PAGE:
A Single Point Mutation Blocks the Entrance of Ligands to the Cannabinoid CB2Receptor via the Lipid Bilayer

Nil Casajuana-Martin, Gemma Navarro, Angel Gonzalez, Claudia Llinas Del Torrent, Marc Gómez-Autet, Aleix Quintana García, Rafael Franco, Leonardo Pardo*

*Corresponding author for this work

Research output: Contribution to journalArticleResearchpeer-review

3 Citations (Scopus)


Molecular dynamic (MD) simulations have become a common tool to study the pathway of ligand entry to the orthosteric binding site of G protein-coupled receptors. Here, we have combined MD simulations and site-directed mutagenesis to study the binding process of the potent JWH-133 agonist to the cannabinoid CB2receptor (CB2R). In CB2R, the N-terminus and extracellular loop 2 fold over the ligand binding pocket, blocking access to the binding cavity from the extracellular environment. We, thus, hypothesized that the binding pathway is a multistage process consisting of the hydrophobic ligand diffusing in the lipid bilayer to contact a lipid-facing vestibule, from which the ligand enters an allosteric site inside the transmembrane bundle through a tunnel formed between TMs 1 and 7 and finally moving from the allosteric to the orthosteric binding cavity. This pathway was experimentally validated by the Ala2827.36Phe mutation that blocks the entrance of the ligand, as JWH-133 was not able to decrease the forskolin-induced cAMP levels in cells expressing the mutant receptor. This proposed ligand entry pathway defines transient binding sites that are potential cavities for the design of synthetic modulators.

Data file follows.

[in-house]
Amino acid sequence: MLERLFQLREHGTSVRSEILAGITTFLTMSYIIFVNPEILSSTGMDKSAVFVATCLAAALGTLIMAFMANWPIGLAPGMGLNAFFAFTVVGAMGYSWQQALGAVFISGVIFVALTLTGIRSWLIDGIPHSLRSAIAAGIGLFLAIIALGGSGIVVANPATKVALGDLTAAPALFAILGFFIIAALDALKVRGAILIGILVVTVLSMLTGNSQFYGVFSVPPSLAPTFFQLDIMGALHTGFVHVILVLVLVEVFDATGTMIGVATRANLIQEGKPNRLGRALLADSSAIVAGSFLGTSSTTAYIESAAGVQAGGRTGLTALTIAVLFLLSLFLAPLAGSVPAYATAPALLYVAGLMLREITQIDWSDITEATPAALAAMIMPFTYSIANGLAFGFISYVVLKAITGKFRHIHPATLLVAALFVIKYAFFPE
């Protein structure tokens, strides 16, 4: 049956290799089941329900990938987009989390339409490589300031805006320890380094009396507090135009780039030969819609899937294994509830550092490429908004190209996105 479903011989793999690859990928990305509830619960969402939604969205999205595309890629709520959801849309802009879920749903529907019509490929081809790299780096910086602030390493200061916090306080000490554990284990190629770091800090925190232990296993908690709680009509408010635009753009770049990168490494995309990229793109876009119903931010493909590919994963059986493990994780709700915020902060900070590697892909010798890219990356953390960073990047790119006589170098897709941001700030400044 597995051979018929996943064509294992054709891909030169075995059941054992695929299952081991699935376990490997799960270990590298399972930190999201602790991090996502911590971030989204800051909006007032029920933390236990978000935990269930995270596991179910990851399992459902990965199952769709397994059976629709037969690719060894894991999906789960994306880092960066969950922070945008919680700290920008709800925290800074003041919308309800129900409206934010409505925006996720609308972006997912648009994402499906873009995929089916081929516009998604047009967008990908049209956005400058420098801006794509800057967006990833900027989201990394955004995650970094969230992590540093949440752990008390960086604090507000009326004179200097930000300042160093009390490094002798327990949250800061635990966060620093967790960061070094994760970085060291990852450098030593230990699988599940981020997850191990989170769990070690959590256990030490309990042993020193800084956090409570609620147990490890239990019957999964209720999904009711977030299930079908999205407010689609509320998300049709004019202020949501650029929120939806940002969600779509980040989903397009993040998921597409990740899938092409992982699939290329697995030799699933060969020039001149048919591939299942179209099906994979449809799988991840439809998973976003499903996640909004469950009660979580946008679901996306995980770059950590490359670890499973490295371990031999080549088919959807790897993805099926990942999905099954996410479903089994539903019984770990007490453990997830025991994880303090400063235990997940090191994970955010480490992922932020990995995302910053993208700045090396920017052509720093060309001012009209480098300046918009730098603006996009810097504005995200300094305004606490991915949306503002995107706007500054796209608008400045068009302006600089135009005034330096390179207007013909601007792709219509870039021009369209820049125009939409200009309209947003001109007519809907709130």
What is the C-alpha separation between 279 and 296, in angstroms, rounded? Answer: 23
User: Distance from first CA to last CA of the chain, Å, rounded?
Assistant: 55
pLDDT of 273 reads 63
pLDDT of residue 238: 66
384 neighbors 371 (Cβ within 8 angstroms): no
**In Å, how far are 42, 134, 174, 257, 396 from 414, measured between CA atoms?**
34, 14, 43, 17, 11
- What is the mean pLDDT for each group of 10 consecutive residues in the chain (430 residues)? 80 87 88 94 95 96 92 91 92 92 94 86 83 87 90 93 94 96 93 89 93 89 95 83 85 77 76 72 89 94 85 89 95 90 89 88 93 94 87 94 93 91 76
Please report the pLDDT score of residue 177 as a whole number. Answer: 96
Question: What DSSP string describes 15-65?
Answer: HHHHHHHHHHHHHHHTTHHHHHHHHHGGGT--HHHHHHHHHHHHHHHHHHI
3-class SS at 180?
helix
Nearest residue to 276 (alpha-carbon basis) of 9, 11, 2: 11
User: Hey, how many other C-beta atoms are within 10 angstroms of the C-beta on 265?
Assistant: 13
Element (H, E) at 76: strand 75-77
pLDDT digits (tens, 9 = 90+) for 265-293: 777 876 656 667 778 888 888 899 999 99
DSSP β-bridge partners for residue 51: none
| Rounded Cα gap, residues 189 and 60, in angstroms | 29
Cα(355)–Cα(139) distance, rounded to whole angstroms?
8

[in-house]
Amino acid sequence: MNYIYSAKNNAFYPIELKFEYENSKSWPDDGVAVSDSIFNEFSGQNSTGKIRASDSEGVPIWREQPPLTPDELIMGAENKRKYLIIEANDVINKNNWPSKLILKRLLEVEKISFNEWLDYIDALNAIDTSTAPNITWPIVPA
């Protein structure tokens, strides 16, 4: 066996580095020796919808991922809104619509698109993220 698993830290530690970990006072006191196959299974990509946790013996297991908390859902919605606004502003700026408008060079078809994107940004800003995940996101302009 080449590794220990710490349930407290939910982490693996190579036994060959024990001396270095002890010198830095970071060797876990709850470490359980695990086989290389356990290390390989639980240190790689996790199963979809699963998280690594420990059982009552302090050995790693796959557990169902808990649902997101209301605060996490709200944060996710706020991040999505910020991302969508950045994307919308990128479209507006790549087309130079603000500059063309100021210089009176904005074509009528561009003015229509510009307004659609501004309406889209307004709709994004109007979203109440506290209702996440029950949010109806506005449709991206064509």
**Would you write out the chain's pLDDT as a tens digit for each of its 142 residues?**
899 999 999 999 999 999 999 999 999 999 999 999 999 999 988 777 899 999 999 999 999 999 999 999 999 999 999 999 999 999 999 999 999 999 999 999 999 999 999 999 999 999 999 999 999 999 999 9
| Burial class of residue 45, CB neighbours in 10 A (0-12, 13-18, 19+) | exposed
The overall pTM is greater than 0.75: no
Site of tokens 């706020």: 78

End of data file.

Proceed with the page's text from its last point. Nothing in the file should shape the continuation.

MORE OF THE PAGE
Original languageEnglish
Article number22
Pages (from-to)5771-5779
Number of pages9
JournalJournal of Chemical Information and Modeling
Issue number22
Publication statusPublished - 27 Oct 2022


  • Binding Sites
  • Cannabinoids
  • Ligands
  • Lipid Bilayers/chemistry
  • Point Mutation
  • Protein Binding
  • Receptor, Cannabinoid, CB1/metabolism
  • Receptor, Cannabinoid, CB2/genetics
  • Receptors, Cannabinoid/metabolism


Dive into the research topics of 'A Single Point Mutation Blocks the Entrance of Ligands to the Cannabinoid CB2Receptor via the Lipid Bilayer'. Together they form a unique fingerprint.

Cite this